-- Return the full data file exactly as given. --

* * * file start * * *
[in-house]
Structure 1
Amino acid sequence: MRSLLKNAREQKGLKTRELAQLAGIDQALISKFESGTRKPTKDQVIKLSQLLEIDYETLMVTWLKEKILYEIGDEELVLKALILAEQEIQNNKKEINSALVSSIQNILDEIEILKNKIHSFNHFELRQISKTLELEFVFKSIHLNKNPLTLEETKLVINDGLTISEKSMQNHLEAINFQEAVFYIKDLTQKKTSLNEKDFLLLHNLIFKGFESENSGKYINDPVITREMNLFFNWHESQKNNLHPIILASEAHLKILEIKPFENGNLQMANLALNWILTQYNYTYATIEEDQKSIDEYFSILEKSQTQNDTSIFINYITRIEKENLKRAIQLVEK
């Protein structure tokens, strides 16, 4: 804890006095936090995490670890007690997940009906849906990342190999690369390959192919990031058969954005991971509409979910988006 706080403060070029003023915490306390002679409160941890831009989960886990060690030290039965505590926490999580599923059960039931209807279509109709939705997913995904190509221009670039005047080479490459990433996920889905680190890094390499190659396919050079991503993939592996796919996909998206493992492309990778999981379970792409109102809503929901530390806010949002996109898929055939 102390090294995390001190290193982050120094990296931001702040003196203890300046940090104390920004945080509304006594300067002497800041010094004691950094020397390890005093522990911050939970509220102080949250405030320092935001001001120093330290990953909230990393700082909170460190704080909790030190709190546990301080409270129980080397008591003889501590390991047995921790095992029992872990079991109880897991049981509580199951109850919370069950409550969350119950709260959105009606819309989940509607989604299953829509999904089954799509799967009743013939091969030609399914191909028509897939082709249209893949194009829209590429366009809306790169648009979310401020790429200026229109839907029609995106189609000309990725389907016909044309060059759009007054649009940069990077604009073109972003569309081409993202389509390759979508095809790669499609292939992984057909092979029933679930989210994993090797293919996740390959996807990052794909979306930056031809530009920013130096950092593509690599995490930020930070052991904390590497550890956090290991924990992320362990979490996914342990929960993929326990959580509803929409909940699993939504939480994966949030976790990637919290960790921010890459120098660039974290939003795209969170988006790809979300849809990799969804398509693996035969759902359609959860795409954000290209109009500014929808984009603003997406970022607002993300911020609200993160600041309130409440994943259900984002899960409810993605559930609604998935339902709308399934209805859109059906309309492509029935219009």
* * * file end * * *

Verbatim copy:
[in-house]
Structure 1
Amino acid sequence: MRSLLKNAREQKGLKTRELAQLAGIDQALISKFESGTRKPTKDQVIKLSQLLEIDYETLMVTWLKEKILYEIGDEELVLKALILAEQEIQNNKKEINSALVSSIQNILDEIEILKNKIHSFNHFELRQISKTLELEFVFKSIHLNKNPLTLEETKLVINDGLTISEKSMQNHLEAINFQEAVFYIKDLTQKKTSLNEKDFLLLHNLIFKGFESENSGKYINDPVITREMNLFFNWHESQKNNLHPIILASEAHLKILEIKPFENGNLQMANLALNWILTQYNYTYATIEEDQKSIDEYFSILEKSQTQNDTSIFINYITRIEKENLKRAIQLVEK
């Protein structure tokens, strides 16, 4: 804890006095936090995490670890007690997940009906849906990342190999690369390959192919990031058969954005991971509409979910988006 706080403060070029003023915490306390002679409160941890831009989960886990060690030290039965505590926490999580599923059960039931209807279509109709939705997913995904190509221009670039005047080479490459990433996920889905680190890094390499190659396919050079991503993939592996796919996909998206493992492309990778999981379970792409109102809503929901530390806010949002996109898929055939 102390090294995390001190290193982050120094990296931001702040003196203890300046940090104390920004945080509304006594300067002497800041010094004691950094020397390890005093522990911050939970509220102080949250405030320092935001001001120093330290990953909230990393700082909170460190704080909790030190709190546990301080409270129980080397008591003889501590390991047995921790095992029992872990079991109880897991049981509580199951109850919370069950409550969350119950709260959105009606819309989940509607989604299953829509999904089954799509799967009743013939091969030609399914191909028509897939082709249209893949194009829209590429366009809306790169648009979310401020790429200026229109839907029609995106189609000309990725389907016909044309060059759009007054649009940069990077604009073109972003569309081409993202389509390759979508095809790669499609292939992984057909092979029933679930989210994993090797293919996740390959996807990052794909979306930056031809530009920013130096950092593509690599995490930020930070052991904390590497550890956090290991924990992320362990979490996914342990929960993929326990959580509803929409909940699993939504939480994966949030976790990637919290960790921010890459120098660039974290939003795209969170988006790809979300849809990799969804398509693996035969759902359609959860795409954000290209109009500014929808984009603003997406970022607002993300911020609200993160600041309130409440994943259900984002899960409810993605559930609604998935339902709308399934209805859109059906309309492509029935219009």